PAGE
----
State pension payments set for second-biggest rate increase but triple lock ‘unsustainable | Personal Finance | Finance newsbhunt


State pensions are set to be awarded their second-biggest rate increase next year – but experts believe this is “unsustainable” in the long term.

Retirement payments will go up by 8.5 percent in 2024 if the Government keeps to its triple-lock pledge.

The triple-lock is a promise to raise state pensions by either the rate of inflation, average earnings or 2.5 percent; whichever is higher.

In August, the rate of average wages including bonuses between May to July was confirmed to be 8.5 percent.

As it was higher than September’s Consumer Price Index (CPI) inflation rate of 6.7 percent, it is likely this will be the rate at which state pensions will go up by.

Read more State Pension ‘must rise to 75’ in huge financial warning

If implemented, this would be the second biggest triple-lock rate hike ever after this year’s 10.1 percent increase.

The new state pension will rise by £901.02 to £11,501.22 a year in 2024 if the retirement payments goes up by 8.5 percent.

In comparison, the “old” state pension would also increase next year by £690.40 to £8,812.80.

Despite this, experts are unsure whether the triple lock is sustainable due to the financial burden on the public purse.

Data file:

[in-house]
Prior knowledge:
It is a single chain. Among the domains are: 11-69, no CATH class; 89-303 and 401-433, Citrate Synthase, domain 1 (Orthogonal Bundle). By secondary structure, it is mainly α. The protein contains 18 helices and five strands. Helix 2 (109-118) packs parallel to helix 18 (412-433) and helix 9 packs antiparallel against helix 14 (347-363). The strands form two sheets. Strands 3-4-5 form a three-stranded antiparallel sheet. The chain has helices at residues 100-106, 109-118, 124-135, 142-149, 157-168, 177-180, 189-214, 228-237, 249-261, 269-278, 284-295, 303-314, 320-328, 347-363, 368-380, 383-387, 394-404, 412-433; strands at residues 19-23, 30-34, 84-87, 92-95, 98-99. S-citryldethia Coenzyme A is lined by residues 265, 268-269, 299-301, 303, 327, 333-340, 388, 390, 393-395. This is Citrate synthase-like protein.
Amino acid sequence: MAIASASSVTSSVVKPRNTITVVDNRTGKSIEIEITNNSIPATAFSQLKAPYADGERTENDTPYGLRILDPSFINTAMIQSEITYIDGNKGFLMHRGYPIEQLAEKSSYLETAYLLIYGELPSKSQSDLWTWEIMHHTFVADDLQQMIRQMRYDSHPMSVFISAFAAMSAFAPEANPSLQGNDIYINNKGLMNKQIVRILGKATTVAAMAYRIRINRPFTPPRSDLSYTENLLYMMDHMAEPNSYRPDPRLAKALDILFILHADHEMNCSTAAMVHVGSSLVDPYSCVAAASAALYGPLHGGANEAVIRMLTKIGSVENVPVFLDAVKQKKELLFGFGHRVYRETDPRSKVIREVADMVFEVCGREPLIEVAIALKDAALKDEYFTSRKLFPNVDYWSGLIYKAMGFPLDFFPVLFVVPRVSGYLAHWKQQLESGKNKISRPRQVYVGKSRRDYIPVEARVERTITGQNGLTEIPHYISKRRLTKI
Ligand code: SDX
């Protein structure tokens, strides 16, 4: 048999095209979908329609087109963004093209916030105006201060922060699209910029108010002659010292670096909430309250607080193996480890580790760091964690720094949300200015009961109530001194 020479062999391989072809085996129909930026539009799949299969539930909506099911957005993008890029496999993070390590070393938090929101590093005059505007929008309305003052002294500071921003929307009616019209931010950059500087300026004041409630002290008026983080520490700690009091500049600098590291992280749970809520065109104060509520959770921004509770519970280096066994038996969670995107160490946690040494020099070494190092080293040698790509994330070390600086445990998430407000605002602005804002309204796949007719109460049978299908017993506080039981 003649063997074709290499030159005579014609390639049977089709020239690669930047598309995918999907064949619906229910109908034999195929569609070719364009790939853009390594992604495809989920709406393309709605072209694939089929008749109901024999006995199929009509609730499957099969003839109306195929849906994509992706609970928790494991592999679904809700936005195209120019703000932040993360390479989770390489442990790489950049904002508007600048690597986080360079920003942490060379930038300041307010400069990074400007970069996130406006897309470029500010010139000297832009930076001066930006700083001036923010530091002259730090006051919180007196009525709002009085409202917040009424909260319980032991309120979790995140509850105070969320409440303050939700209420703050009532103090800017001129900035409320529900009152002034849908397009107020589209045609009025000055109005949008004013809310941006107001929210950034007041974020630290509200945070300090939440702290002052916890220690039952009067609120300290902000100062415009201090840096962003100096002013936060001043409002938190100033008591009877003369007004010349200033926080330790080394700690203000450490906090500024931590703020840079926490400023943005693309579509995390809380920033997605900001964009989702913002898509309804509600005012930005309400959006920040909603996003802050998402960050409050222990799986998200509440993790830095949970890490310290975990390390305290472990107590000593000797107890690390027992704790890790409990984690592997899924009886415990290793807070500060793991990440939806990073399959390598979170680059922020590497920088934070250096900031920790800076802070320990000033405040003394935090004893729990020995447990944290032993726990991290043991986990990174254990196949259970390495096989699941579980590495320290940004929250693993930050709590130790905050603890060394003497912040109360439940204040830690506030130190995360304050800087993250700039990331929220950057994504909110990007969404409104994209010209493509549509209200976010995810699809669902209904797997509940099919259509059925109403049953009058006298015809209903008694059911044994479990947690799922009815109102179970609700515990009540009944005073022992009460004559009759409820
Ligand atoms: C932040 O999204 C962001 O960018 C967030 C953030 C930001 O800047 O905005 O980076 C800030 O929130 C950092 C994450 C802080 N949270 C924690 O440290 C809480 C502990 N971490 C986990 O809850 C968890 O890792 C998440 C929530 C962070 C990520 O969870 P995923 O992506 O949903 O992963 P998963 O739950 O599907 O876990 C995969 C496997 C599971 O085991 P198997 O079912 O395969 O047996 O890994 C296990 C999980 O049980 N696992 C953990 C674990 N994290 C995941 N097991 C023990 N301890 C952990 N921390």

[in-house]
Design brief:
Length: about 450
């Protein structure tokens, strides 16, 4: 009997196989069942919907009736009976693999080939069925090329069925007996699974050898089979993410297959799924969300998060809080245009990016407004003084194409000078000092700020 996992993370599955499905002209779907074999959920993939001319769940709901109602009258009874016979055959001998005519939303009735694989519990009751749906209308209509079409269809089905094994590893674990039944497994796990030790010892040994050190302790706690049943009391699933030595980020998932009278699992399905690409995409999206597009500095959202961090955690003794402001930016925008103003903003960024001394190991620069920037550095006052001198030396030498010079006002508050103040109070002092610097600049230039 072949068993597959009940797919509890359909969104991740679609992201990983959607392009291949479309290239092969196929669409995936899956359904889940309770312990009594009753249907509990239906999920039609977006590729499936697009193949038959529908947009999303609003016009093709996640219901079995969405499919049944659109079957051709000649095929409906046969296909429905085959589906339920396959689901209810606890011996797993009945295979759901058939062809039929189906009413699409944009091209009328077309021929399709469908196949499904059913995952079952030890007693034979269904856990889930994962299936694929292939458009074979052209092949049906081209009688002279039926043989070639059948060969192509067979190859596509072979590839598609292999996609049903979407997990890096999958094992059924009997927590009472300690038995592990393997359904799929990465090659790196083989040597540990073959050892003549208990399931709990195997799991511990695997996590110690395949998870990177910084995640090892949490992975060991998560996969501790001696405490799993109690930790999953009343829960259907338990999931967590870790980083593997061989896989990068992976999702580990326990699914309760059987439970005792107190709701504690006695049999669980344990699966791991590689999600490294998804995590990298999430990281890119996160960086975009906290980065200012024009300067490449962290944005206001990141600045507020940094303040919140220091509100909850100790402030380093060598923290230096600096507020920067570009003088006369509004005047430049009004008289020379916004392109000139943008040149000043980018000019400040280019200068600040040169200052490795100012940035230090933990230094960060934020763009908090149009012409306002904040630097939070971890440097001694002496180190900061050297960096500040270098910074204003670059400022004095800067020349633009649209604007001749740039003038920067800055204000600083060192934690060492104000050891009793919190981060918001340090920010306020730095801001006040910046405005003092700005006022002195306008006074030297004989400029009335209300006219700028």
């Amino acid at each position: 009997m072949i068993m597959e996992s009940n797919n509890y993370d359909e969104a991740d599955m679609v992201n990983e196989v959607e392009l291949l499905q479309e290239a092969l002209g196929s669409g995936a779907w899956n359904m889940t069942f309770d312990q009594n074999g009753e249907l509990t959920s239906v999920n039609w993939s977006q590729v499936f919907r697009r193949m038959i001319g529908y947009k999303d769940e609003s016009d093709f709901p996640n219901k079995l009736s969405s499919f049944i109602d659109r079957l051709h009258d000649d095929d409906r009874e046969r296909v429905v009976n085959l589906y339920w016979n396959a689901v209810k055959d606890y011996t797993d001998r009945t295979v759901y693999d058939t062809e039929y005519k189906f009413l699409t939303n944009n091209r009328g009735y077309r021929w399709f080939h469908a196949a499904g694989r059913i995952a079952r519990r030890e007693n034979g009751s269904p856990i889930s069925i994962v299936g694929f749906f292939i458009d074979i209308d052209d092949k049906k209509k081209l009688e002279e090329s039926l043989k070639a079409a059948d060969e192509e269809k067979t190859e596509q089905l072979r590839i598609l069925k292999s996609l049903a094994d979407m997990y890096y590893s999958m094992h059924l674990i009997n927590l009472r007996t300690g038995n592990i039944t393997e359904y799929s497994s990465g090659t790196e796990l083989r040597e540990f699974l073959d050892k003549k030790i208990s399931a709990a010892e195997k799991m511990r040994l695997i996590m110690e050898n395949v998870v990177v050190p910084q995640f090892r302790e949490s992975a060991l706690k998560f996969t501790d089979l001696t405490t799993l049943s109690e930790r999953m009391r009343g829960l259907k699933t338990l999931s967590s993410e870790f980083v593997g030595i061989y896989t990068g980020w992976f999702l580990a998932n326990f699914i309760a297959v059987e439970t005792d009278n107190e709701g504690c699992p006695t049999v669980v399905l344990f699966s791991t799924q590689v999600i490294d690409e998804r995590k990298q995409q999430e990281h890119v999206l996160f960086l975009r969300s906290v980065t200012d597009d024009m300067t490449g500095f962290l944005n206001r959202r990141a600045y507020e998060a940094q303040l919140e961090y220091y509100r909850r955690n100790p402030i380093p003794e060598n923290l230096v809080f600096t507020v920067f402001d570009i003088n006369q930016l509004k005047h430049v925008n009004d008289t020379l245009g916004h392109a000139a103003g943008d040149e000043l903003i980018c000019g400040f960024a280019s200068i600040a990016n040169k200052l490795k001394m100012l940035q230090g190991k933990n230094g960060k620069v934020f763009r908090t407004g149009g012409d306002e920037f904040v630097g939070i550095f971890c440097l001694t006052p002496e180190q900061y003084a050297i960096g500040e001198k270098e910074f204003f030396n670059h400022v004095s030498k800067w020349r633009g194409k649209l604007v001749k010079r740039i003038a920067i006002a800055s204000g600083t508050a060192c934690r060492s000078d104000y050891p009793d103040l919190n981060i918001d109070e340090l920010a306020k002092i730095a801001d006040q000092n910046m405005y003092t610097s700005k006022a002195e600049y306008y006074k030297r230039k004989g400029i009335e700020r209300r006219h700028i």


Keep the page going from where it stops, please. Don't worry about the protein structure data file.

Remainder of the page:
Steven Cameron, the pensions director at Aegon, broke down why retirees are in line for a big payday next year.

He explained: “While the year-on-year inflation was unchanged this month from last, it had previously decreased for three consecutive months, with the Government committed to reducing it to around five percent by the end of the year.

“This is still far above the Bank of England’s two percent target, so the headline rate may fall even further as we head into the early months of 2024.

“So a state pension increase of 8.5 percent could well be double the ruling rate of inflation come next April.”

Despite this, the retirement expert cited the issues raised by keeping the state pension triple lock in its current iteration.

Mr Cameron added: “While an 8.5 percent increase would be welcome news for state pensioners’ purchasing power, it would do little to quieten the growing concerns that the triple lock in its current form is unsustainable longer term.

“With the burden on current workers who pay for the state pension through National Insurance increasing sharply, even if the Government refrains from fiddling with the figures this time round, the inflation figure will only amplify calls for whoever is in power after the General Election to review the triple lock to make it intergenerationally fair.”

The payment rate hike to state pensions will be implemented from April 2024.


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